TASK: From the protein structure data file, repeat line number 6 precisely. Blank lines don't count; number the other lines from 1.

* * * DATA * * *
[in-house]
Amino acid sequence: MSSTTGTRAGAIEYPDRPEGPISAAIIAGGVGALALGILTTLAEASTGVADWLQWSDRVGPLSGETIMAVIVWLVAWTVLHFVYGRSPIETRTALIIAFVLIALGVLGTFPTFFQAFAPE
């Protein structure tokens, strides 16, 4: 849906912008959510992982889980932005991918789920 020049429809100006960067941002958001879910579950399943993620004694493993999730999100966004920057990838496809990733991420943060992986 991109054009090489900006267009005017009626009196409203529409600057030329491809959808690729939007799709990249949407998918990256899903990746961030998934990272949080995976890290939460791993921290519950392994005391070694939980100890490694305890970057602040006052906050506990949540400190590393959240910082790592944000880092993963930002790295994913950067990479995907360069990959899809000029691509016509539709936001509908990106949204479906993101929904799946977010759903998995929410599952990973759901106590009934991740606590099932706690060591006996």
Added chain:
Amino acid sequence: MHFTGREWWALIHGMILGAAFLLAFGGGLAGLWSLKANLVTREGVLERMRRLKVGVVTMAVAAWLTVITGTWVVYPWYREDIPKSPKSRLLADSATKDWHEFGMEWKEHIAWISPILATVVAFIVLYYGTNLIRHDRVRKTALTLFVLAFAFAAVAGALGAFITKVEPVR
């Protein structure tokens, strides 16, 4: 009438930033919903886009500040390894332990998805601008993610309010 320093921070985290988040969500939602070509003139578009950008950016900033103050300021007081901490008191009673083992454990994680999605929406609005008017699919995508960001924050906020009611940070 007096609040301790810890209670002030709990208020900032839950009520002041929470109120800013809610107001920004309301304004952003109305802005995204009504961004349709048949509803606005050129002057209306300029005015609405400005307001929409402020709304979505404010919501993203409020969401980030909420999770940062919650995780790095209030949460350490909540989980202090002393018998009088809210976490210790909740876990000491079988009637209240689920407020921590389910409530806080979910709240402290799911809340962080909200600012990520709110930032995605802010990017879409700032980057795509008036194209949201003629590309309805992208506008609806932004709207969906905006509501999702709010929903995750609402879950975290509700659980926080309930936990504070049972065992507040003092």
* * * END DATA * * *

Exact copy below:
């Protein structure tokens, strides 16, 4: 009438930033919903886009500040390894332990998805601008993610309010 320093921070985290988040969500939602070509003139578009950008950016900033103050300021007081901490008191009673083992454990994680999605929406609005008017699919995508960001924050906020009611940070 007096609040301790810890209670002030709990208020900032839950009520002041929470109120800013809610107001920004309301304004952003109305802005995204009504961004349709048949509803606005050129002057209306300029005015609405400005307001929409402020709304979505404010919501993203409020969401980030909420999770940062919650995780790095209030949460350490909540989980202090002393018998009088809210976490210790909740876990000491079988009637209240689920407020921590389910409530806080979910709240402290799911809340962080909200600012990520709110930032995605802010990017879409700032980057795509008036194209949201003629590309309805992208506008609806932004709207969906905006509501999702709010929903995750609402879950975290509700659980926080309930936990504070049972065992507040003092």